UK rents soaring while struggling tenants' see incomes freeze
Published by Max Salsbury for 24dash.com in Housing and also in Communities, Finance
UK rents soaring while struggling tenants' see incomes freezeImage: Money via Shutterstock
The UK's private rented sector (PRS) tenants are being increasingly squeezed as rental costs soar in the face of static incomes.
According to SpareRoom.co.uk's research, PRS rents have risen by 10% while tenants’ accommodation budgets have actually fallen by 0.5% since 2009.
And London room rents have soared by more than a quarter (26%) in the past five years - more than twice as fast as budgets, which have increased by just 10%.
Most shockingly, SpareRoom.co.uk found that in Scotland flatsharers’ budgets have plummeted by more than a fifth (22%) since 2009, while rents have increased by almost a quarter (24%).
According to the research, Northern Ireland has seen the UK's slowest rental increases over the past five years (10%), yet tenants’ budgets for accommodation have dropped 5%.
Over the past year, Scotland and London have become the UK's least affordable areas.
The average monthly UK room rent is currently £550 – almost a third (31%) of the average take home pay of a full-time employee.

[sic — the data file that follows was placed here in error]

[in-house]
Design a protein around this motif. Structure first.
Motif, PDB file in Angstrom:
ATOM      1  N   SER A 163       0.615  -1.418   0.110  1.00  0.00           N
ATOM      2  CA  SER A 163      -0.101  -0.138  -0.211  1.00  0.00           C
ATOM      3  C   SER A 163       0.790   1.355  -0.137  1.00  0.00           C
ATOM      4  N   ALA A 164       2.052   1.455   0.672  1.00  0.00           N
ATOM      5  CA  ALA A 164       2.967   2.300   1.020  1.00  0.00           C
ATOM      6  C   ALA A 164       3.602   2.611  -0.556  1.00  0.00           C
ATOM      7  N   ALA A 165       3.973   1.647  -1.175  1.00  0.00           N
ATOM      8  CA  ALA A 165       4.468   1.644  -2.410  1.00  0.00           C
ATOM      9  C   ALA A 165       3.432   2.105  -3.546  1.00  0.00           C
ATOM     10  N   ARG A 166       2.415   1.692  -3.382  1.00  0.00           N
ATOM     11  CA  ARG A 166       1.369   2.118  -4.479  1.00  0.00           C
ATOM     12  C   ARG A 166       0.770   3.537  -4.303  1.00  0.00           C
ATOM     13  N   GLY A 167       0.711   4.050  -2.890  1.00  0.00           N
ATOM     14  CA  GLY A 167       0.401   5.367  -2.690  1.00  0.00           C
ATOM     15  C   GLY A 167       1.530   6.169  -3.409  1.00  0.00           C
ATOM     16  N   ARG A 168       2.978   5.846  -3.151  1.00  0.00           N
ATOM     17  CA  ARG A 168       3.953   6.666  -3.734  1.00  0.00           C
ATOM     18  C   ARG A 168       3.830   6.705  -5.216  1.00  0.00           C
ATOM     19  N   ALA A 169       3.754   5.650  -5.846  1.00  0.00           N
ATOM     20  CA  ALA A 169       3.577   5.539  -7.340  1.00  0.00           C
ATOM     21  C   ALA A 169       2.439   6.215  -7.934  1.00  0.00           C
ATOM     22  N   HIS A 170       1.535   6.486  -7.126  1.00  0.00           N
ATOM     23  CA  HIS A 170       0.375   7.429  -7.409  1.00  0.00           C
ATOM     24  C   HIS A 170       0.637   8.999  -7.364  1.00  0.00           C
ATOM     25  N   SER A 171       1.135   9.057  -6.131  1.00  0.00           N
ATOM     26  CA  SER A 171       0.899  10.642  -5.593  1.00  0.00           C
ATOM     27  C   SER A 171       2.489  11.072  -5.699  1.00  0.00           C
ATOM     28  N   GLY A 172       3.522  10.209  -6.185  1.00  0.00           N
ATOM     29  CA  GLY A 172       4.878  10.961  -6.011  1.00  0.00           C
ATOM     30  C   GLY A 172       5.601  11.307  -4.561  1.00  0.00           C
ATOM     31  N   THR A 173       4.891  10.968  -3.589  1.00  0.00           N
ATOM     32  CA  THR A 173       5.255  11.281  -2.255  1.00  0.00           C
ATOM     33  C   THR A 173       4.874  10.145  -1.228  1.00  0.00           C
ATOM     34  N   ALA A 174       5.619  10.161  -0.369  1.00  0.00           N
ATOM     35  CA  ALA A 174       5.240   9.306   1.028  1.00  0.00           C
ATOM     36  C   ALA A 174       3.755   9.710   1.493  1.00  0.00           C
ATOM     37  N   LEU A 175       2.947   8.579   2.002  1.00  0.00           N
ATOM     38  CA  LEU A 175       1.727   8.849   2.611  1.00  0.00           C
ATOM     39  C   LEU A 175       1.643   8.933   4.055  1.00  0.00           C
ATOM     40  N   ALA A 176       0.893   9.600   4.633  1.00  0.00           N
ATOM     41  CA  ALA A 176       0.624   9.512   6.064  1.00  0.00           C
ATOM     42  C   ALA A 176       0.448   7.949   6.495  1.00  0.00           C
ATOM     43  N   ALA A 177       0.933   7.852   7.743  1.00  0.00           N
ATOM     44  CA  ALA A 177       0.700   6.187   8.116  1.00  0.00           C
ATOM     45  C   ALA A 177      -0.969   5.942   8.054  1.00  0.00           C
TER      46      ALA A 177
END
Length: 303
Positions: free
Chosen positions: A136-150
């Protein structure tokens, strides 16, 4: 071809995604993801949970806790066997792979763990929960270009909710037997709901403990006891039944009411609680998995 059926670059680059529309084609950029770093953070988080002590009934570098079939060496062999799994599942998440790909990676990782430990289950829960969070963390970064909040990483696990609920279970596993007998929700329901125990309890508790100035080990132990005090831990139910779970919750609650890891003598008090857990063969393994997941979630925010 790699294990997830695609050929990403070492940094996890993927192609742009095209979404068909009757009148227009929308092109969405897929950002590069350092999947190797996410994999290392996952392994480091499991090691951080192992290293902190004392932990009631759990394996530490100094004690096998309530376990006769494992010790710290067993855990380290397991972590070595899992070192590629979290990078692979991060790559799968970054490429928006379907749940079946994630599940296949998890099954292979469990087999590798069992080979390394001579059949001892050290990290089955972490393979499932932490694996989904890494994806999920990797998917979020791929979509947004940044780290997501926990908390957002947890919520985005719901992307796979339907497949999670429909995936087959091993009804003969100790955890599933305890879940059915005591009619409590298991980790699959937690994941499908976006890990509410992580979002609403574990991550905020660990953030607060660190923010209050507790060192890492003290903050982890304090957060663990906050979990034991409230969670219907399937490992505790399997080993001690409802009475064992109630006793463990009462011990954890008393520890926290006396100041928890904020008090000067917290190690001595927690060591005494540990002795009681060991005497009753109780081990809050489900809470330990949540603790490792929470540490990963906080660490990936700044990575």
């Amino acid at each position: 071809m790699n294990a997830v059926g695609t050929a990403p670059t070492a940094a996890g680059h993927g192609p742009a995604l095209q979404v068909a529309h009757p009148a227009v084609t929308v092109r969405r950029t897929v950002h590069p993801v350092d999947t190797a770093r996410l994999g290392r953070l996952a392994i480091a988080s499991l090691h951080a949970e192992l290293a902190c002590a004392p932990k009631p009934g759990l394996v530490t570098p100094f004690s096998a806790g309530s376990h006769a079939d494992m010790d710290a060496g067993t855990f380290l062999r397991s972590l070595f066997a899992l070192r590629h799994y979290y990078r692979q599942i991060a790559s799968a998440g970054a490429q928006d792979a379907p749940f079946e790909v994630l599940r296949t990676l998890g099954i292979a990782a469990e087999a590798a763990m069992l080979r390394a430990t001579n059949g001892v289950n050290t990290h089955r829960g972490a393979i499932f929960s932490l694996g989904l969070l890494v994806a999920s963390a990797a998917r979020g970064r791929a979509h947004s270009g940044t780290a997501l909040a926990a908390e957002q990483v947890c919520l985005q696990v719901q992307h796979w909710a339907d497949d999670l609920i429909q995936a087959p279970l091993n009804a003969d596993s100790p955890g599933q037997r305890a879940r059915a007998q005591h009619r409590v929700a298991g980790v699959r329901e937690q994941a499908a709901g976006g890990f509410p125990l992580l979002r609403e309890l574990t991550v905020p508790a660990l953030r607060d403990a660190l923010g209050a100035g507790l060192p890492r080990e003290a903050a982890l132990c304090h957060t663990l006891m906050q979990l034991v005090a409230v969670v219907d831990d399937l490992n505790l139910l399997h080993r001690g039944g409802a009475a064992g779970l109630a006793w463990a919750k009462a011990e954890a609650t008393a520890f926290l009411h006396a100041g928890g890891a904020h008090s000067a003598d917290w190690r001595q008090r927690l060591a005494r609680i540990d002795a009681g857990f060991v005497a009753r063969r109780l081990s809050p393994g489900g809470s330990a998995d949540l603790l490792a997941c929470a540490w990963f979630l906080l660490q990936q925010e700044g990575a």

Reacting to the news, Alex Hilton, director of tenants campaign group Generation Rent, said: “With rents rising faster than incomes, millions of private renters are struggling to put food on the table, let alone build the independent life that homeowners take for granted.
“Not only do we need more house building to bring supply back in line with demand, but stronger rights for renters through secure tenancies and lower letting fees would help keep a lid on exploitative rents.”
SpareRoom.co.uk's director, Matt Hutchinson, said: “What’s clear is that affordable rents are becoming ever more scarce. Many people are still struggling with the cost of living and this isn't being helped by the fact that wage growth is the lowest since records began.
“The problem is we have a chronic shortage of housing in the areas where jobs are being created, so rents continue to rise as supply fails to meet demand. In some areas of the capital we’re seeing up to 13 people compete for every room advertised.
“The only obvious short-term solution is to encourage more homeowners to let their spare bedrooms and create supply. To do that, the Rent A Room Scheme tax-free threshold needs to be raised to act as a proper incentive. It hasn’t been increased since 1997 and rents have risen by 103% in that time. Not only will this benefit renters, it could stop thousands of homeowners slipping into arrears when interest rates finally rise.”